'Today' finds there is no tomorrow

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The Independent Online
Rupert Murdoch is closing Today, his loss-making newspaper, after running up pounds 140m in accumulated deficits since 1988.

The media magnate, who controls four other national titles in the UK, is also raising the price of the Times by 5p to 30p from next Monday in an effort to improve profitability at News International.

The decision to close Today shocked staff at its Wapping headquarters, despite persistent rumours since the summer that its future was in doubt.

The final issue of the title appeared this morning. The company said it would try to transfer as many of the 300 staff as possible to other Murdoch titles, which include the Times, the Sunday Times, the Sun and the News of the World.

Staff said yesterday they expected fewer than 100 employees to remain. "We are in a state of shock here," said one.

"We deeply regret the decision to cease publication," Les Hinton, chief executive of News International, said. "But with a modest circulation, insufficient growth and rapidly rising costs we have no alternative."

Soaring newsprint costs have put all newspaper publishers under increased pressure during the past 18 months.

Richard Stott, the editor, denied rumours that he would not take the vacant editor's chair at the Daily Express. "I want to stay in newspaper journalism," Mr Stott was said to have told his staff.

Analysts said the closure reflected Mr Murdoch's belief that the title could not be turned ar-ound, and that Today's 500,000 readers might move to his other titles. In today's final edition, a four-page pull-out proclaimed the virtues of the Sun. It included an endorsement from the Labour leader, Tony Blair.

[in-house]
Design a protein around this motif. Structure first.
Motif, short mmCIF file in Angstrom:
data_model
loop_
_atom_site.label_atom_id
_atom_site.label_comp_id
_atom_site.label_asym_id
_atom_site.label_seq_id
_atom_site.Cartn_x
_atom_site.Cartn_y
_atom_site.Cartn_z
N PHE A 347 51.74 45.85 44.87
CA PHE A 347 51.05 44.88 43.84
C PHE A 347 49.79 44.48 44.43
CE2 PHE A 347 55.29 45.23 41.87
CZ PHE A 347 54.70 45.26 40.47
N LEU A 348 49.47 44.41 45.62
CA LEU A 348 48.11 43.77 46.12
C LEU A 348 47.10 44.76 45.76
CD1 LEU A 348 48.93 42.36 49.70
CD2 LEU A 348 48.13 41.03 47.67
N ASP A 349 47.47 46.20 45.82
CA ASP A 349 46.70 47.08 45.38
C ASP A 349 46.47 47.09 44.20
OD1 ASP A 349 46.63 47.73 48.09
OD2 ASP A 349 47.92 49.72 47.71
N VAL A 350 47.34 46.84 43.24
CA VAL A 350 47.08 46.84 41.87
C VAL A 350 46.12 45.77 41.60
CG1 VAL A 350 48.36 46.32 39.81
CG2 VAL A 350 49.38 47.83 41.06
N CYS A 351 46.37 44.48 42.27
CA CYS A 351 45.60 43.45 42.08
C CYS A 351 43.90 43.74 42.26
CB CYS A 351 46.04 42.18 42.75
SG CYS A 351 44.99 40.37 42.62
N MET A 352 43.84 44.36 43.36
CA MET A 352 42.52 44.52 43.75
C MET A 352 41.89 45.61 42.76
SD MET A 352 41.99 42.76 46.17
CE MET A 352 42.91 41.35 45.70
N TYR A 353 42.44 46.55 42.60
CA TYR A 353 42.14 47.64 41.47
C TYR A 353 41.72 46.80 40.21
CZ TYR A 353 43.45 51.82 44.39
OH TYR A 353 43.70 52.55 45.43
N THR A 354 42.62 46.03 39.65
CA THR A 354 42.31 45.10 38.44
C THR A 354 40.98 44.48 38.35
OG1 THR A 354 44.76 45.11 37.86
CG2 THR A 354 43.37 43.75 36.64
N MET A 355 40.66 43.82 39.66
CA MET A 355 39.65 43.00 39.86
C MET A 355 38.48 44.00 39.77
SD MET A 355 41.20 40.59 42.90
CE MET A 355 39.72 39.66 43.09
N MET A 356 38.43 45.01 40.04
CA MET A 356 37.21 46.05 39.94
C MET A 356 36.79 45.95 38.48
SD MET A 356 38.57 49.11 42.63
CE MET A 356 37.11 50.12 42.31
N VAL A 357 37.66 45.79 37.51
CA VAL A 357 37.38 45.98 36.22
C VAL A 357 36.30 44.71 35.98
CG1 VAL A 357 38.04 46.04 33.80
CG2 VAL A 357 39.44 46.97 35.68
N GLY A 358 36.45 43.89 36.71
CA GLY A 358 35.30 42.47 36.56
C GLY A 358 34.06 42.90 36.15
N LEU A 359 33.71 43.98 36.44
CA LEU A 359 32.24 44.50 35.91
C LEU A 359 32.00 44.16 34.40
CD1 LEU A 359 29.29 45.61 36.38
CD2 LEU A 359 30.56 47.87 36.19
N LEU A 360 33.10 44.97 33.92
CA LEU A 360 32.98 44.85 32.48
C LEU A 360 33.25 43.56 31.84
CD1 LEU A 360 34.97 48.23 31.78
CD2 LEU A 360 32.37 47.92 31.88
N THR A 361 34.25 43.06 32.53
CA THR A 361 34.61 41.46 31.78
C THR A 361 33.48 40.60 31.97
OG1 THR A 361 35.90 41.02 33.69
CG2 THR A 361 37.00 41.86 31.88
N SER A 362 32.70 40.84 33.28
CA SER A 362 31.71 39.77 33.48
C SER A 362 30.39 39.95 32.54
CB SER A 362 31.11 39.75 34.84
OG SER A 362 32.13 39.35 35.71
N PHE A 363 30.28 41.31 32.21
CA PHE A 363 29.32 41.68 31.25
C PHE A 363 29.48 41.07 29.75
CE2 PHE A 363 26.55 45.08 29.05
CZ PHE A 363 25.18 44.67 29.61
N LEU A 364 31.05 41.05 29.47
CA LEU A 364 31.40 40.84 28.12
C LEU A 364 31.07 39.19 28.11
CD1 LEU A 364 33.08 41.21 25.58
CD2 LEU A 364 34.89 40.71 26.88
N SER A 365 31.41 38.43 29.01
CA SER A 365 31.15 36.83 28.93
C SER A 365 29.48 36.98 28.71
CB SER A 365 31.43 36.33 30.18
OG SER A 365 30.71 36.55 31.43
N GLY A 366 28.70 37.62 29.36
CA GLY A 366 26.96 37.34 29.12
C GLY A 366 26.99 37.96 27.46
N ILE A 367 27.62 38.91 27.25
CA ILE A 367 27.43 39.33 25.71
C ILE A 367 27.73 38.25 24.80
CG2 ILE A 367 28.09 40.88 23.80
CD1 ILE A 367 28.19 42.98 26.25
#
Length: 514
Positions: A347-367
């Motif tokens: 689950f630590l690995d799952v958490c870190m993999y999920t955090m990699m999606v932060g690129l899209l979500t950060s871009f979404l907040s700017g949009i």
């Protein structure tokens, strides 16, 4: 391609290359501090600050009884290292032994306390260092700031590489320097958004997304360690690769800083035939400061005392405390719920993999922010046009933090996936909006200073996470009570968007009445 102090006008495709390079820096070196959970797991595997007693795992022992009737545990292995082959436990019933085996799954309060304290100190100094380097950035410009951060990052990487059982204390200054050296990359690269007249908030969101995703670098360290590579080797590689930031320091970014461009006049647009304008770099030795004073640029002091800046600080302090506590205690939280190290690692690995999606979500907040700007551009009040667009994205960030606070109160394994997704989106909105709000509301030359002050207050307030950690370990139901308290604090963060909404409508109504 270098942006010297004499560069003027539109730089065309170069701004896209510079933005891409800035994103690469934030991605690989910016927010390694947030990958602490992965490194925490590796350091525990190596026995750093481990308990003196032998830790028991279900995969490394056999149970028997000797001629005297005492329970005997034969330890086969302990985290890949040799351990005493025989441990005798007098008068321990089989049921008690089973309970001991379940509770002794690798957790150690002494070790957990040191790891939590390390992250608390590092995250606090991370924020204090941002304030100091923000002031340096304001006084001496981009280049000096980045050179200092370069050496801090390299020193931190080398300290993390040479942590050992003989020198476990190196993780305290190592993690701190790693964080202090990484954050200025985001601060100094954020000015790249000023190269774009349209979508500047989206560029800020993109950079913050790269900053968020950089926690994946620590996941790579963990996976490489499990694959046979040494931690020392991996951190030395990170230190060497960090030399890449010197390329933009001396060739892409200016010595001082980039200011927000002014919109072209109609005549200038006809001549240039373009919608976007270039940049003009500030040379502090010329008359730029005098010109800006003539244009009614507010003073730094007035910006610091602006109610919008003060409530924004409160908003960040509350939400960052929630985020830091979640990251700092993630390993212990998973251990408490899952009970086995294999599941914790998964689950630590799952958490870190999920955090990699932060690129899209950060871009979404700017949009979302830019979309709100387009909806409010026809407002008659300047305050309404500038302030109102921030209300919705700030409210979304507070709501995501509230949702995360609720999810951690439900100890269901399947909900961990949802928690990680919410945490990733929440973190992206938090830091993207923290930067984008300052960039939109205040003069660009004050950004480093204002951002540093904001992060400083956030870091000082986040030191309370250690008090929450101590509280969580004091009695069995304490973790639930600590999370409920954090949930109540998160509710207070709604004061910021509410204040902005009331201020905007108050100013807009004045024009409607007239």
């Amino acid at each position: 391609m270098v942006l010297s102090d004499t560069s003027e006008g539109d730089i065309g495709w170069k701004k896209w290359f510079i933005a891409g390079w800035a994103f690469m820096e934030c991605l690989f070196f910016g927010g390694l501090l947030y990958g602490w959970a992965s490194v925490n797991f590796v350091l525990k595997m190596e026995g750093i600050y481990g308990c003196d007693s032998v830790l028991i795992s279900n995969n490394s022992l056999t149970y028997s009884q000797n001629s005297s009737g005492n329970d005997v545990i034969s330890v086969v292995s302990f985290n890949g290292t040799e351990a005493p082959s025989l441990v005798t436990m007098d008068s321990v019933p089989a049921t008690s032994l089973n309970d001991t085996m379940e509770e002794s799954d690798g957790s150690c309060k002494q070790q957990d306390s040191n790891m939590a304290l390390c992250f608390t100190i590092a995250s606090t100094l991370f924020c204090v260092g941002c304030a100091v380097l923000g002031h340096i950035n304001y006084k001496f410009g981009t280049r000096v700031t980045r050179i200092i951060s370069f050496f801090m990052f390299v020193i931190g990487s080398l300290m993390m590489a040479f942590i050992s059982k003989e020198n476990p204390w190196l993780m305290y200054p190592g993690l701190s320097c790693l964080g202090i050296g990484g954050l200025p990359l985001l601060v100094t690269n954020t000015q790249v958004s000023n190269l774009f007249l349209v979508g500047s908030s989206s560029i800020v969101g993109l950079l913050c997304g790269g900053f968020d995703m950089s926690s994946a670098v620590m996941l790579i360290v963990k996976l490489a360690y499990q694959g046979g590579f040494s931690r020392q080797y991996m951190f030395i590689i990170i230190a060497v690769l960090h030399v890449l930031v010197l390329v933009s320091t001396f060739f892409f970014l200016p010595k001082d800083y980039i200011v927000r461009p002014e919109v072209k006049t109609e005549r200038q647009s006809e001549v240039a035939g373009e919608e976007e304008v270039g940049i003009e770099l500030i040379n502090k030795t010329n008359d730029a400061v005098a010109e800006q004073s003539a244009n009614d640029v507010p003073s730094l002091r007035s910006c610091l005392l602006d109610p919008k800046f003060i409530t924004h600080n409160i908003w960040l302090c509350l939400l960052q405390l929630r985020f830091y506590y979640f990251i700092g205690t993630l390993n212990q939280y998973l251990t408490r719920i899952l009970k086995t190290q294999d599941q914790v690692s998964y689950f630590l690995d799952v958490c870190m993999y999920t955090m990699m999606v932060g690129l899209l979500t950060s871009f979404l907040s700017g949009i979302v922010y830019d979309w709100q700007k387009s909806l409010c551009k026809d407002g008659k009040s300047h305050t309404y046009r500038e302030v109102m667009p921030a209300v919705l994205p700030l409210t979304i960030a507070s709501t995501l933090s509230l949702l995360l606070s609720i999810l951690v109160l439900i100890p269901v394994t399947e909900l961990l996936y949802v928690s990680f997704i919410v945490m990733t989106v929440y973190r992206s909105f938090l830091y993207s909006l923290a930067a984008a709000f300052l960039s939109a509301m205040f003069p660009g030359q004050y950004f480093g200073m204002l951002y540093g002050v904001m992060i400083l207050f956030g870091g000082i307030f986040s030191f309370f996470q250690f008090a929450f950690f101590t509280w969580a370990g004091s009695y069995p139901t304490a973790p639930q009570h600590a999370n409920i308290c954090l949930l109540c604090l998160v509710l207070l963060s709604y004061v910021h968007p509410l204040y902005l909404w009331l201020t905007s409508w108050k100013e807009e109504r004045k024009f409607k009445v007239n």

An offer for Today from the owner of Harrods, Mohamed al-Fayed, was rebuffed last summer. In an open letter to Mr Murdoch, Mr Fayed wrote last night:"...I negotiated in good faith with you. We had made substantial progress to agreed terms ... It is bad for democracy when a newspaper is killed off. Given the opportunity, I would have made a substantial investment to create a great newspaper in which the whole country could have taken pride. Instead, your Mr Hinton has said today that there was no 'credible' buyer for Today. This is untrue and it is dishonourable of Mr Hinton to say so ..."

But News International insiders said Mr Fayed's offer for the paper was so low it was not credible. A statement in response to the letter said: "We are utterly baffled by Mr Fayed's claims ... His general proposals, such as they were, were not thought to be sufficiently credible to warrant further discussions and were not regarded as a serious option."

The price rise at the Times will mark the end of the circulation price war, launched by Mr Murdoch in mid-1993 in order to build market share, particularly at the expense of the Telegraph and the Mirror Group.

Senior executives at both groups privately welcomed the news, suggesting that it would give all newspapers a chance to improve profitability.

News of Today's closure sparked speculation of a major realignment of the newspaper market. Mr Murdoch was rumoured to have been at the offices of the Daily Mail, and to have launched a bid to take a 25 per cent share of United News and Media, owners of the Daily Express and Sunday Express, as a first step towards buying the titles.

Today's final edition devotes its front page and four pages inside to the news of its own demise. Its leading article states: "Newspapers are a cut-throat, competitive business and the weak will go to the wall, however good the journalism...our greatest campaign of all has been the one to stay alive and it's one that we've finally lost."

Newspaper's death, page 5